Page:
Simultaneously, historic US labeling and the psychological creation of Pyongyang as a bogeyman, as an existential threat, have only skewed the ability to understand North Korea. It has led the US establishment, and parts of its dumbed-down public, into misunderstanding North Korea’s perspective, because historically, the US is the aggressor, not North Korea.
US policy doesn’t see that the Kim regime, fearful of intervention without a nuclear deterrent, and his subjugated people share a collective psyche of generational performative fear, caused by the US scorched-earth strategy under General Matthew Ridgway, which killed 20-30% of North Korea’s population.
Americans don’t remember napalm, the yellow-brown grass indicative of chemical agents, and the 18 out of 22 cities destroyed, but North Koreans do. This collective memory of immense damage leaves the North Koreans feeling threatened, and allows Kim to harness that fear, molding it into a nuclear deterrent, an aegis against the foreign aggressor, America.
The North Korean regime wants to be credibly accepted into the global community, but the Americans impede it. This denial of credibility has probably fueled Kim’s paranoia. He looks at how Muammar Gaddafi and Saddam Hussein surrendering their nuclear deterrents, which left them open to proxy and special-forces deployment for the former, and full invasion for the latter. This means surrendering the nuclear program is seen as equivalent to the surrender of the dynastic Kim regime.
Any forceful policy won’t work, and even Leon V Sigal – the foremost expert on nuclear diplomacy in the region – has indicated that belligerent policies aren’t effective with North Korea. Threaten people and they defensively react; reach out and they reach back.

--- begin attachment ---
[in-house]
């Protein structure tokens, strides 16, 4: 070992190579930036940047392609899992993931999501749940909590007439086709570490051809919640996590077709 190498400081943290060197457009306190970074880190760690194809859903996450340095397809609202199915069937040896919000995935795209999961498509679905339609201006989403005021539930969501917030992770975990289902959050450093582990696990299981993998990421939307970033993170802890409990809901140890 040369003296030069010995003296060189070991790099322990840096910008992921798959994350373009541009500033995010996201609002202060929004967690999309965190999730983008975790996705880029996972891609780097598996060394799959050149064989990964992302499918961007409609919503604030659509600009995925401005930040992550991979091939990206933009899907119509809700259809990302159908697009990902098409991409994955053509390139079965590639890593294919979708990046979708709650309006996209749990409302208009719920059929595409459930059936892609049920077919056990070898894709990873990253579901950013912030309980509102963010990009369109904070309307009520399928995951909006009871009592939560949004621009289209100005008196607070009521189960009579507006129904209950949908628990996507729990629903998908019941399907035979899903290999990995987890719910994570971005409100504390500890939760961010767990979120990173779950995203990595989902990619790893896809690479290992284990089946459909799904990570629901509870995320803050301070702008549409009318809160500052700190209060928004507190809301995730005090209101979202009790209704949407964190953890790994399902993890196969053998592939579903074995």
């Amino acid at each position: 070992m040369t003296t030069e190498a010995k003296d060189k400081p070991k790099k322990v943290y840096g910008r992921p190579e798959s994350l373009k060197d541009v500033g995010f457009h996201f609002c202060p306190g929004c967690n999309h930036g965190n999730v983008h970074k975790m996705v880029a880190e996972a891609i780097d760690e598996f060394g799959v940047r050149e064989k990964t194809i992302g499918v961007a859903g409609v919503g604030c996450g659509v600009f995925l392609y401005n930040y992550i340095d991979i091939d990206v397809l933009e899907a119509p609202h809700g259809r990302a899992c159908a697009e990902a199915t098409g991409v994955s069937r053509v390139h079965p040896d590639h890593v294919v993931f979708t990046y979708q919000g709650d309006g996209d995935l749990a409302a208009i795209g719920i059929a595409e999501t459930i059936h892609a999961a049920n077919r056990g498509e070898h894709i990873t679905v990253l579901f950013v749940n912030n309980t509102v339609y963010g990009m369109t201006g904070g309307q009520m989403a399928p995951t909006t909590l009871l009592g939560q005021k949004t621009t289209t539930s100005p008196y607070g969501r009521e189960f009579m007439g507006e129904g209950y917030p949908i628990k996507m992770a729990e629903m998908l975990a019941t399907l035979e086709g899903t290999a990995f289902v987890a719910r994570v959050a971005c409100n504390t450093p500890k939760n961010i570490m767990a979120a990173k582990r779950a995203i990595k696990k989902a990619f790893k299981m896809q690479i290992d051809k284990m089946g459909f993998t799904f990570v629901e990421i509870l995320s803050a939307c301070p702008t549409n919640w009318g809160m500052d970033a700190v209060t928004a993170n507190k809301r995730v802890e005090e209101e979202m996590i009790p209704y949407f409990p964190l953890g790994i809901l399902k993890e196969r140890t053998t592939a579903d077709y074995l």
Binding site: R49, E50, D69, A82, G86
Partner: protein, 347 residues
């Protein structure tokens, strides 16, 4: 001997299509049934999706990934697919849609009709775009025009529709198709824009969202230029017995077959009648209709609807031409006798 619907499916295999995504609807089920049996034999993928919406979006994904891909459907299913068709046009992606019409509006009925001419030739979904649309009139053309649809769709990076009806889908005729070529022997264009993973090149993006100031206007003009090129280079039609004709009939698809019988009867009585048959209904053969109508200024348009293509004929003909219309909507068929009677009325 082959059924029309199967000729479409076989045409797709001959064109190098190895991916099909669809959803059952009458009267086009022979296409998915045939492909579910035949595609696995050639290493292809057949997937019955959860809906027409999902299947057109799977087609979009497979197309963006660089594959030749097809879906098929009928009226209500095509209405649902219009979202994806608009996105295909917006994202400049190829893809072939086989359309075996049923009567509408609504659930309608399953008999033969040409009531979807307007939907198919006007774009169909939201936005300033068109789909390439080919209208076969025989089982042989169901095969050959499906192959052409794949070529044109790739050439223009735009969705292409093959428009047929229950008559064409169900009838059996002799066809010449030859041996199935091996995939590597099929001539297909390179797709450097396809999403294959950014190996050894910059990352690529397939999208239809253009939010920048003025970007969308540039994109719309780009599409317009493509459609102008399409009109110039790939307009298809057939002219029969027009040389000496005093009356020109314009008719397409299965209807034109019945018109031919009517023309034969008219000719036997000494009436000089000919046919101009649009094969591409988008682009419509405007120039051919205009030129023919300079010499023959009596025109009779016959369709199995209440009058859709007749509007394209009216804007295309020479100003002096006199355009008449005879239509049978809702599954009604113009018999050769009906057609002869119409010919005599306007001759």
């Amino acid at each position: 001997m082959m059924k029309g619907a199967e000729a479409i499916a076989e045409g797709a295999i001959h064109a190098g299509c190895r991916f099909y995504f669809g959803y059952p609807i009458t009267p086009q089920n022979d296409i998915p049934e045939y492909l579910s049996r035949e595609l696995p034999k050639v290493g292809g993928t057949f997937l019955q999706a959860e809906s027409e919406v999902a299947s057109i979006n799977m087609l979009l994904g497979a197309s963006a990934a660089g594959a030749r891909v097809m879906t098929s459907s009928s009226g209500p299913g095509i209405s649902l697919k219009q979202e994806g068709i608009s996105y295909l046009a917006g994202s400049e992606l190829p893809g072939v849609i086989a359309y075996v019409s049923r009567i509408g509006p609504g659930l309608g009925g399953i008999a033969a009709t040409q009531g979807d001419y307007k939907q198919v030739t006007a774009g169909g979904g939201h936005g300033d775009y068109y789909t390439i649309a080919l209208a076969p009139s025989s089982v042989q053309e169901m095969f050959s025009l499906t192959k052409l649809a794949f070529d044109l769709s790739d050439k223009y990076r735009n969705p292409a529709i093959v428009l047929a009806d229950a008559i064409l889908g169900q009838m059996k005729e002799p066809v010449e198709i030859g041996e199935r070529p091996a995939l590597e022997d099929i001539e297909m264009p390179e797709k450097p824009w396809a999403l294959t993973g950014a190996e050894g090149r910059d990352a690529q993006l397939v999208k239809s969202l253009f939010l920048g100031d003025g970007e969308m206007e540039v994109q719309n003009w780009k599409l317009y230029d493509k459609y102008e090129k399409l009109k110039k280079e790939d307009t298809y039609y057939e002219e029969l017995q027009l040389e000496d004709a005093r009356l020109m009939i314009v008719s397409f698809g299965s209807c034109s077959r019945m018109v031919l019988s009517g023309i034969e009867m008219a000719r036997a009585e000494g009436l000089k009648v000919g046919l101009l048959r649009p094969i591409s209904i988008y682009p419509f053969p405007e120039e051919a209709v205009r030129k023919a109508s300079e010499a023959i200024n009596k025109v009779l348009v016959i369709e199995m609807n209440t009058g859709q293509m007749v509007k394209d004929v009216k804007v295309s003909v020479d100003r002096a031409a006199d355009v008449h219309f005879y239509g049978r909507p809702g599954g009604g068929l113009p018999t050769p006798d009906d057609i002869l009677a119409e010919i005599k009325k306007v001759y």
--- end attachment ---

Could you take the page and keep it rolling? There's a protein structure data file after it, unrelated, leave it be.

By not trying to understand North Korea, the US is continuing to fail in de-escalation.
Repeating action, expecting different results
The increasing US sanctions on the North Koreans haven’t succeeded, but have only stiffened their resolve, as I’ve already acknowledged. Yet the US continues trying to strangle Kim’s “royal court economy”, his private control of select state assets to buy the loyalty of generals with an array of lavish gifts. This parsimoniously bites into the already constrained revenue flows into North Korea.
China will maintain a monopoly on North Korea’s mineral resources, worth between US$6 trillion and $10 trillion and needed to produce smartphones and technological products for the Chinese consumer. This enables North Korea to evade sanctions and accounts for around 50% of its revenue stream.
North Korea has also accumulated major gold reserves to sustain the “royal court” economy, with its diplomats systemically using their immunity to smuggle gold through airports. Pyongyang has even used Macau, a special administrative region of China, as a nodal access point and exit point for laundering North Korean capital, and uses the drug trade, cyber-theft, bitcoin mining, and arms trading to circumnavigate US sanctions. The North Koreans will do anything to sustain their nuclear deterrent.
US needs to end its chauvinism
The US doesn’t want to de-escalate its nuclear arsenal unless it’s on its own terms. Pyongyang has agreed to freeze its nuclear program if the US and South Korea freeze military drills and dry runs of attacking North Korea, but Trump has declined twice, and previously during the Six Party Talks, Bush reneged on the then preliminary successful deal, and assigned North Korea to the “Axis of Evil”.
So who’s really the aggressor?
North Korea has engaged in minor confrontations and has a horrendous plethora of human-rights abuses, but it’s not a threat to the US. The North Koreans have lived true to their Hermit Kingdom status, while the American establishment has gone on an imperialist rampage. After all, the US has invaded, destabilized, overthrown, installed dictators in, and droned more than 50 countries since the First Barbary War at the start of the 19th century.
That’s more than 200 years of nearly continuous violence and imperialism across the planet. That doesn’t make every conflict unjustified, such as World War II, but that inability to quit violence is a systemic cultural and economic problem for the US.
What’s needed isn’t just dialogue, but a guarantee of survival for North Korea. To solve this problem the US has to end its chauvinism, try to understand the North Korean perspective, and use an approach that has more carrot and less stick.
But can the US put down that long and bloodied stick?